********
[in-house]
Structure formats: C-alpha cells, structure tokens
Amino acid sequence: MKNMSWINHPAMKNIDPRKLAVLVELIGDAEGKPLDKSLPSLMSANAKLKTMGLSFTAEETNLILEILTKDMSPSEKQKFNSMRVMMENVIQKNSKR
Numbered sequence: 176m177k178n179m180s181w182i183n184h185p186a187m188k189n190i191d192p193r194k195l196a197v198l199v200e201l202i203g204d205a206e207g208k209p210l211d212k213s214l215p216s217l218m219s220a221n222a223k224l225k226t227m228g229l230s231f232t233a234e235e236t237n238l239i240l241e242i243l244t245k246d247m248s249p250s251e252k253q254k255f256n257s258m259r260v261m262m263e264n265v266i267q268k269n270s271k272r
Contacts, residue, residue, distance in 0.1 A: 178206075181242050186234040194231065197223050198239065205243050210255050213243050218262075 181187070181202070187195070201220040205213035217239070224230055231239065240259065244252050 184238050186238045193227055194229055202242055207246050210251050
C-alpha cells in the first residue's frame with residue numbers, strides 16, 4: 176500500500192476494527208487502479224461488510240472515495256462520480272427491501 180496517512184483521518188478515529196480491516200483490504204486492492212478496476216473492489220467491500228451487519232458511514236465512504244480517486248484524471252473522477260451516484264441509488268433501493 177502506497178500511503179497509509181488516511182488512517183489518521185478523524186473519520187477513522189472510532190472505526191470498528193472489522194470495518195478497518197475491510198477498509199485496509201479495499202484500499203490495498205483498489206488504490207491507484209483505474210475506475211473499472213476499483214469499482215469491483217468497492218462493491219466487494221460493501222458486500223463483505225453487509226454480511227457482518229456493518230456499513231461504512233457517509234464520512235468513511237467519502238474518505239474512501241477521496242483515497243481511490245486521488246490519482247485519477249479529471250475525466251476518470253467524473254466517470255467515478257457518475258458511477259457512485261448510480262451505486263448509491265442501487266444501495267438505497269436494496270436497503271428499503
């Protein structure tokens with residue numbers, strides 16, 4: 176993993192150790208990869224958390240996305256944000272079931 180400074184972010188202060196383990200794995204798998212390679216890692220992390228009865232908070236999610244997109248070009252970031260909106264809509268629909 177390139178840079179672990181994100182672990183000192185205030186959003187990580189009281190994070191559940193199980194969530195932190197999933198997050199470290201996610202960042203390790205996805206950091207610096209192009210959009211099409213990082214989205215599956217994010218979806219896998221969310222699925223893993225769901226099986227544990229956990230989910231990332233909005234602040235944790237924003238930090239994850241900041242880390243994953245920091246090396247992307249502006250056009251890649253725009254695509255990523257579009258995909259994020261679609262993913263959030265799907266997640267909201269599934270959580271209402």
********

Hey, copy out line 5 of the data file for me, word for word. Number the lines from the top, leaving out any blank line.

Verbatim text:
Contacts, residue, residue, distance in 0.1 A: 178206075181242050186234040194231065197223050198239065205243050210255050213243050218262075 181187070181202070187195070201220040205213035217239070224230055231239065240259065244252050 184238050186238045193227055194229055202242055207246050210251050